This represents an infringement on citizens’ fundamental right to privacy. 

In all but two states, divorce judges are required to consider allegations or findings of intimate partner violence in the award of child custody.

Each year, about 175,000 children are involved in a divorce with a false allegation of domestic violence.

Assuming 2.0 children per divorce, it is estimated that, annually, 87,500 parents are deprived of their right to parent their children on a routine basis.

“Within a system which denies the existence of basic human rights, fear tends to be the order of the day. Fear of imprisonment, fear of torture, fear of death, fear of losing friends, family, property or means of livelihood, fear of poverty, fear of isolation, fear of failure. A most insidious form of fear is that which masquerades as common sense or even wisdom, condemning as foolish, reckless, insignificant or futile the small, daily acts of courage which help to preserve man's self-respect and inherent human dignity. It is not easy for a people conditioned by fear under the iron rule of the principle that might is right to free themselves from the enervating miasma of fear. Yet even under the most crushing state machinery courage rises up again and again, for fear is not the natural state of civilized man.”

― Aung San Suu Kyi, Freedom from Fear

Complaint Filed Against Marin County Superior Court Family Law Judge Bev Wood & Court CEO Kim Turner for Evidence...
Posted by Children's Rights on Thursday, August 20, 2015

1 comment:

  1. Good morning -

    How is it possible that adherents of a radical gender ideology fashioned a brazen falsehood, and repeated the claim so often as to create a multi-billion dollar industry that relentlessly plays on persons' sympathies, emotions, and fears?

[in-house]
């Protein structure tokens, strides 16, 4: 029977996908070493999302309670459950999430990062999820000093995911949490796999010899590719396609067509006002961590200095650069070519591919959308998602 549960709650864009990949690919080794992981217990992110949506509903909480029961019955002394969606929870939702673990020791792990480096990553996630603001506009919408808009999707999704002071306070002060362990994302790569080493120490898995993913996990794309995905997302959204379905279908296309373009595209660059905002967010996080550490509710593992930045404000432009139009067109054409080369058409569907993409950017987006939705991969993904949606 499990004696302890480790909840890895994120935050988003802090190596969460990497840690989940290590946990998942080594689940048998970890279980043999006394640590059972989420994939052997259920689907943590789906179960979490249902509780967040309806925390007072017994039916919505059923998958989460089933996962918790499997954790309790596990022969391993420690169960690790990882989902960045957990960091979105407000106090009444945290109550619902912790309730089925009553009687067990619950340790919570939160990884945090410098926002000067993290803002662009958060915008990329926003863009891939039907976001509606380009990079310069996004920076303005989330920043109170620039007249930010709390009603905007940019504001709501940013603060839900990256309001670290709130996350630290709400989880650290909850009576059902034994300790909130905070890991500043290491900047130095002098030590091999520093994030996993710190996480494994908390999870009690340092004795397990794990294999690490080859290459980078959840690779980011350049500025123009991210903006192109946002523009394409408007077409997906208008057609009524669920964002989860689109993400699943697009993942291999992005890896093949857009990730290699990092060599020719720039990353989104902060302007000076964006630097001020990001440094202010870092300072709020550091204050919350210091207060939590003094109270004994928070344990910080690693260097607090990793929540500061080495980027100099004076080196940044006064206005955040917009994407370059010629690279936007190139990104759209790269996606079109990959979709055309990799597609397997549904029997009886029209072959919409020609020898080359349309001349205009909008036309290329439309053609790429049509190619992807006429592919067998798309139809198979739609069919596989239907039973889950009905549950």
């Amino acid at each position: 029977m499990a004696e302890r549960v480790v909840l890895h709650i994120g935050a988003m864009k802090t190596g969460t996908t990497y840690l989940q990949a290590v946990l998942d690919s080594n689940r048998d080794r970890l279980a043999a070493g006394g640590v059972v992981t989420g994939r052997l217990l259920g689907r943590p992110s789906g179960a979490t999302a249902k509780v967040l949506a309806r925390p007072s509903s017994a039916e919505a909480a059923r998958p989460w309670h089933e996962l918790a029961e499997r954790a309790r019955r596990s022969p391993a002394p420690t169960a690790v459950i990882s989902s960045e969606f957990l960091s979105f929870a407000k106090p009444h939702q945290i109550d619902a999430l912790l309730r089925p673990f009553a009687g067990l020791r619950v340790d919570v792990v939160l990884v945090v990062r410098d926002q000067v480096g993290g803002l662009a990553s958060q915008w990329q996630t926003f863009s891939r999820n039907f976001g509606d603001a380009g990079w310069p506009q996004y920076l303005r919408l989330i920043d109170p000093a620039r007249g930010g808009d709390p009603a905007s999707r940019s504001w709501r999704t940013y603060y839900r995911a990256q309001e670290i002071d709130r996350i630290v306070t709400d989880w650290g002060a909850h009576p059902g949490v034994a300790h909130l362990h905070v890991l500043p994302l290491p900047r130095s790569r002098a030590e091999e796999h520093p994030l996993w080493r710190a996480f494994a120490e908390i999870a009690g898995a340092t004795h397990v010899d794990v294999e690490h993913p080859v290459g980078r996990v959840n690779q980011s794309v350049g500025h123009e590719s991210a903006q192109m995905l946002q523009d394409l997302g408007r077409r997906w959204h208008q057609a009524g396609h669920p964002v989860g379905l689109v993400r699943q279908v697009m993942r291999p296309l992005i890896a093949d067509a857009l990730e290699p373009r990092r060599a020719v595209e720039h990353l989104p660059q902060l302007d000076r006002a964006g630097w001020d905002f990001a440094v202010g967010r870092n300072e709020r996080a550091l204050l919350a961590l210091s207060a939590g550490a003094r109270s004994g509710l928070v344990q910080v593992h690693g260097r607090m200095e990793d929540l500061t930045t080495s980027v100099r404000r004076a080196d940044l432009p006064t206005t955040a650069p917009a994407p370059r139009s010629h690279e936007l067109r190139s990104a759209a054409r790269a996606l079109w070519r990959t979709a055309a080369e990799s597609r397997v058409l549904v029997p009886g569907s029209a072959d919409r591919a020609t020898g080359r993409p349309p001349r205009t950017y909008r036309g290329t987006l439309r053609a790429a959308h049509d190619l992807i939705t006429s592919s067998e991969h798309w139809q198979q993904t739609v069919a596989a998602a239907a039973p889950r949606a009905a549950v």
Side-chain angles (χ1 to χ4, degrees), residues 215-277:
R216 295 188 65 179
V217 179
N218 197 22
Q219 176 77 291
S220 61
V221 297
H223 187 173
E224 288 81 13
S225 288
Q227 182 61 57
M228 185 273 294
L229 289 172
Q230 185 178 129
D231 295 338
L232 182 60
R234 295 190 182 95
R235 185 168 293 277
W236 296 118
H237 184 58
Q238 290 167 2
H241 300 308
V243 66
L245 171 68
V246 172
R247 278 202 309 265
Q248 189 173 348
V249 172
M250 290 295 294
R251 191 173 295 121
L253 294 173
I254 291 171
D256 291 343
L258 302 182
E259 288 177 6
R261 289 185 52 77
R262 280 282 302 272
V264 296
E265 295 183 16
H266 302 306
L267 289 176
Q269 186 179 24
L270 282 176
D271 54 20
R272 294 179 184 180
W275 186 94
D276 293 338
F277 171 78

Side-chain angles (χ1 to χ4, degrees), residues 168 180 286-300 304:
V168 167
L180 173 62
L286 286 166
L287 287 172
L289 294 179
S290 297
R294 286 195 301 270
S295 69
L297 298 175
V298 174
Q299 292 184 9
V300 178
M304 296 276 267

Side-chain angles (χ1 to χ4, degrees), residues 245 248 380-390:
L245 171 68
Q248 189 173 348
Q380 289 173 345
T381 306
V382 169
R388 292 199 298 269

Over the years, SAVE has devoted itself to analyzing the many claims by the domestic violence industry. Now, the truth is coming out:

    1. In November, Rep. Jan Schakowsky (D-IL) introduced the International Violence Against Women Act (HR 3571). SAVE's analysis of the bill's Findings reveals only 3 of the 16 Findings are truthful. The remaining 13 Findings are Biased, Unverifiable, or outright prevarications:

    2. Two weeks ago, Washington Post's Glenn Kessler (aka, "The Fact Checker") revealed that Attorney General Eric Holder's claim that domestic violence is the leading cause of death for African-American women was a total fabrication:

    3. Over the last several months, SAVE has reviewed the information sheets of leading domestic violence organizations around the country. The "Fact Sheets" of all six groups received an F, meaning they all failed to provide accurate and unbiased information:

    4. SAVE's Special Report documents how the DV industry routinely disseminates myths in training programs for judges, prosecutors, and law enforcement officials, thus skewing the workings of the criminal justice system:

    So exactly what is the "Big Lie" that undergirds the many Tall Tales of the domestic violence industry? It's the ideological belief that men indulge in domestic violence as an exercise in patriarchal privilege, and that women are incapable of abuse.

    Twenty years after passage of the Violence Against Women Act, it's become clear that the Big Lie has had enormous consequences for families, for the American criminal justice system, and for taxpayers.

    In 2014, SAVE's focus will be to expose the Big Lie. Can you join us? These are ways you can help:

    · Sign the petition against the proposed International Violence Against Women Act:
    · Educate your colleagues and friends about the creative myths of the domestic violence industry
    · Consider making a year-end contribution to support SAVE's truth-seeking mission:

    Many thanks for your support as we work to restore justice, protect families, and defend the truth!

    E. Everett Bartlett, PhD, President
    Stop Abusive and Violent Environments (SAVE)